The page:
Our Appointment System

Check your condition first

Many conditions can be treated without the need to see your GP.

Please use the NHS Symptom checker

Please make a selection to reveal who's best to deal with your condition.


Self-care at home

You can often take care of your health conditions without needing to see us. Many minor illnesses and injuries can be treated at home with medicines you can buy without a prescription and by getting plenty of rest. Taking care of yourself is the best choice for a sore throat, cough, or a grazed knee.

If you're not sure if you should take care of your illness yourself, you can call us on 01778 393399or get medical advice from 111.nhs.uk or call 111. 


Speak to a pharmacist

Pharmacists might not be your first thought for medical advice, but they have the right training to ensure you get the help you need. They can provide advice and over-the-counter medication for various common conditions such as coughs, colds, flu, as well as everyday issues like aches, pains, and skin rashes. No appointment is necessary to see a pharmacist, and they will let you know if you need to see a doctor. Many pharmacies are open evenings and weekends, and often provide private consultation rooms where you can discuss issues without being overheard.

To find your nearest pharmacy and check opening times, visit 'find a pharmacy' 

Book a routine appointment (same-day)

Find information about practice opening and closing times

Our Reception Team are trained care-navigators and will ask you some questions about your medical problem, to ensure that you are booked with the most appropriate clinician (e.g GP, Nurse, Phsyio). If you have an acute medical issue, call us or use our online consultation platform called Anima.

We offer a same-day telephone consultation system for all routine medical problems, appointments are available from 8am each day. Depending on the nature of your medical issue, resolving it over the phone may be possible, or if needed, we'll arrange an appointment later in the day. Several of our same-day telephone appointments are bookable online via the NHS app or SystmOnline, these appointments are available from 6:30pm the evening before and 7am same-day. 

Alongside our same-day appointment system, GPs have a set number of telephone appointments that can be pre-booked, these numbers are limited to ensure that we maintain a same-day service for appointments.

If you are using Anima, simply follow the on-screen instructions and answer the multiple-choice questions in the online form. Anima prioritises each form based on clinical urgency and need using the information you provide. This will help us ensure you get the right help, whether it's self-care advice, a prescription ready for pickup at your chosen pharmacy, an in-person appointment at the practice, or something else.

We also offer pre-booked appointments in our Enhanced Access clinics on Tuesday & Friday evenings and one Saturday per month (9am-5pm).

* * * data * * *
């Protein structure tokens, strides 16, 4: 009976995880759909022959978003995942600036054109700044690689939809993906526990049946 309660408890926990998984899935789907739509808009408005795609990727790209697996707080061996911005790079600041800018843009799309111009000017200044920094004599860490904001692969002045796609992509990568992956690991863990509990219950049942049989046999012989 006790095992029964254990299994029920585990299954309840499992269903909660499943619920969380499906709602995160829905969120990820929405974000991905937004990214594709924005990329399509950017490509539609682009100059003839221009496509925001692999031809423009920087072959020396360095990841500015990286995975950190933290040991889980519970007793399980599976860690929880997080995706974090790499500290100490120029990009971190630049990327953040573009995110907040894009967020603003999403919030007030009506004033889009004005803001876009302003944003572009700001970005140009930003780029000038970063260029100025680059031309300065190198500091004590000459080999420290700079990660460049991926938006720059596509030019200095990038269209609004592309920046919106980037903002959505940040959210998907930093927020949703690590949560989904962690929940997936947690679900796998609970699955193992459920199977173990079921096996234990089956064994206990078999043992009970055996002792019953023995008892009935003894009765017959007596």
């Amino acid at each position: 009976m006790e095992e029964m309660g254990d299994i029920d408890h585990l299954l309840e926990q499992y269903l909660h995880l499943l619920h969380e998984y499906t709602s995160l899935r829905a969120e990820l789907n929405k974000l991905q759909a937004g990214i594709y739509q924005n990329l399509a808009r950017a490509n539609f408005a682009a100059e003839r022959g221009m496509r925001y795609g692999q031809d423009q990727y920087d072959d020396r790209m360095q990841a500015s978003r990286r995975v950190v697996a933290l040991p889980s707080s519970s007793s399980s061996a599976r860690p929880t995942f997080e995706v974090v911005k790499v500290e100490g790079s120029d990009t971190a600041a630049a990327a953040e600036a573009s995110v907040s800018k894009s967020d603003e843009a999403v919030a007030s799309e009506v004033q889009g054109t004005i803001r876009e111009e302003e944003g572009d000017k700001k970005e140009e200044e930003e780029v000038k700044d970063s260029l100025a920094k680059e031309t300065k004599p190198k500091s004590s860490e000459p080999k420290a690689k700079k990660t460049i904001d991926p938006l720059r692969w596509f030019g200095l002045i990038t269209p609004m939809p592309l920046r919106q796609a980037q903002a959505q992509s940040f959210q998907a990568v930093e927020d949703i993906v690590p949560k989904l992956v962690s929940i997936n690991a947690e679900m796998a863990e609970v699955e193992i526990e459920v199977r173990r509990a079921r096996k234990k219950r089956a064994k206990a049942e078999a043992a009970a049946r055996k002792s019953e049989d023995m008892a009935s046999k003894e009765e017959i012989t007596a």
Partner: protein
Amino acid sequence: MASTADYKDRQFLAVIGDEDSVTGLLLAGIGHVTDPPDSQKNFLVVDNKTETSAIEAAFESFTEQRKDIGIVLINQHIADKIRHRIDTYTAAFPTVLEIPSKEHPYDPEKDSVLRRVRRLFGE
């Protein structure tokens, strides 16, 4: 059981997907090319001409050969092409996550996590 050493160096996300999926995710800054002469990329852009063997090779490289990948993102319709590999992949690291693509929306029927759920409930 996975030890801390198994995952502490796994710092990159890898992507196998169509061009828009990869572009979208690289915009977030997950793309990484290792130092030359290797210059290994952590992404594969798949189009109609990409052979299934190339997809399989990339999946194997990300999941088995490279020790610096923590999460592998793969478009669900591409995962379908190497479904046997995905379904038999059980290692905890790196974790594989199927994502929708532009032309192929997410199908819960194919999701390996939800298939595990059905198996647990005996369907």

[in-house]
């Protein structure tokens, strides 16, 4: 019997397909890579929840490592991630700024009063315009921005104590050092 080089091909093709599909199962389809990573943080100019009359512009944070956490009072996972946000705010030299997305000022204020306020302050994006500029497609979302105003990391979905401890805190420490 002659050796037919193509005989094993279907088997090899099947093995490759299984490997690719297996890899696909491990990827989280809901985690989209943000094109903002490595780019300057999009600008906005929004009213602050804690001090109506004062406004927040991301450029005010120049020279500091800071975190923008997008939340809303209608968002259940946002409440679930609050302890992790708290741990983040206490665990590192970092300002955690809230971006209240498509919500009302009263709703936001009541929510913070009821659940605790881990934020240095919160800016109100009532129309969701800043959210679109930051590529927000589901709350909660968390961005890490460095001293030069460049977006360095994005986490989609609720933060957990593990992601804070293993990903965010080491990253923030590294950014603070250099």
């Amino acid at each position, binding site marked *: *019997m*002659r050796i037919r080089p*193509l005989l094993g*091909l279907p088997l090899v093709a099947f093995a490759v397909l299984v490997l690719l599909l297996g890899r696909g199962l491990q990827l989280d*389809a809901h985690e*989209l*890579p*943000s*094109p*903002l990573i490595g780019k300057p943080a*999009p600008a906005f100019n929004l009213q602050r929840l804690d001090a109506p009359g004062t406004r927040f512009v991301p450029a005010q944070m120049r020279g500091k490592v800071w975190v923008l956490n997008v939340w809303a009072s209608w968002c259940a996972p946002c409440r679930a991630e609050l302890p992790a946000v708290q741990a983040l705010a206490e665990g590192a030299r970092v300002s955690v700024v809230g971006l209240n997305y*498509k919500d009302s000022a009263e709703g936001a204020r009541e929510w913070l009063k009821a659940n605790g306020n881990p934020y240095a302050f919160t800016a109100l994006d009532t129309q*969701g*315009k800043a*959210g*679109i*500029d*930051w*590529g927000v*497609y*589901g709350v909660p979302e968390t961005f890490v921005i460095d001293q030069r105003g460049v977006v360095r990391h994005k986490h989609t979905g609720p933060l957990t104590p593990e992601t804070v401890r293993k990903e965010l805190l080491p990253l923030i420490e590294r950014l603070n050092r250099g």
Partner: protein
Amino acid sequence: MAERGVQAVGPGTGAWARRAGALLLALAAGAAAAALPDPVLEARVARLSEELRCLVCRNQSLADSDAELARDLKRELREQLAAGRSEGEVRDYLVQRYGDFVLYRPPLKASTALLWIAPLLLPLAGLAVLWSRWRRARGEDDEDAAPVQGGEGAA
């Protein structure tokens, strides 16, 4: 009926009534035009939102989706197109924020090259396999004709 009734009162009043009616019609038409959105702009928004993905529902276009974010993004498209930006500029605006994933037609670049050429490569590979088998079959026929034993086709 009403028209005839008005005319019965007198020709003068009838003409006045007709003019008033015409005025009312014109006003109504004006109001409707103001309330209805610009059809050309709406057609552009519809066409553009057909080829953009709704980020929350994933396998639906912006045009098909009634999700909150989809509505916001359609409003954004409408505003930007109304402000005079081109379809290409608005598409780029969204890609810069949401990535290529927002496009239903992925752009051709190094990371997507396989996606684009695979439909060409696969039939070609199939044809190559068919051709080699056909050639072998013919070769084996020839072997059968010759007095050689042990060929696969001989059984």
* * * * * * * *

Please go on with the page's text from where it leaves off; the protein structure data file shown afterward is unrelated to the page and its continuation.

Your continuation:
Appointments with the Nurses, HCAs and Phlebotomists are available to book up to 4 weeks in advance. Nurses based at our practice offer a wide range of services such as dressings, blood test, immunisations and more. Tell us if you want someone to accompany you during an examination or need a private room to discuss any matters.

Ways to book a routine appointment:

When to contact NHS 111

NHS 111 is a fast and easy way to get the right help, whatever the time, and is available 24 hours a day, 365 days a year. Calls to NHS 111 are free from landlines and mobile phones.
If you have difficulties communicating or hearing, you can call 18001 111 on a textphone, use the NHS 111 British Sign Language (BSL) interpreter service if you’re deaf and want to use the phone service.


When to visit an Urgent Treatment Centre

If you require urgent medical attention that isn't life-threatening, you can go to an urgent treatment centre. These centres, led by GPs, are open for at least 12 hours every day, including bank holidays. They can diagnose and treat various common ailments including sprains and strains, suspected broken limbs, minor head injuries, cuts and grazes, minor scalds and burns, feverish illness in adults, feverish illness in children, and abdominal pain.

To find your nearest urgent treatment centre and check opening times, visit 'find an urgent treatment centre'


When to go to A&E and 999

Visit an A&E department (also known as the emergency department or casualty) for genuine life-threatening emergencies. These may include conditions such as loss of consciousness, an acute confused state, fits that are not stopping, chest pain, and breathing difficulties.

Less severe injuries can be treated at urgent care centres.

To find your nearest A&E, visit 'find an A&E'


When we're closed

If our services are unavailable, you can get medical advice from the NHS 111 website or call 111. This service will direct you to the most appropriate local healthcare option.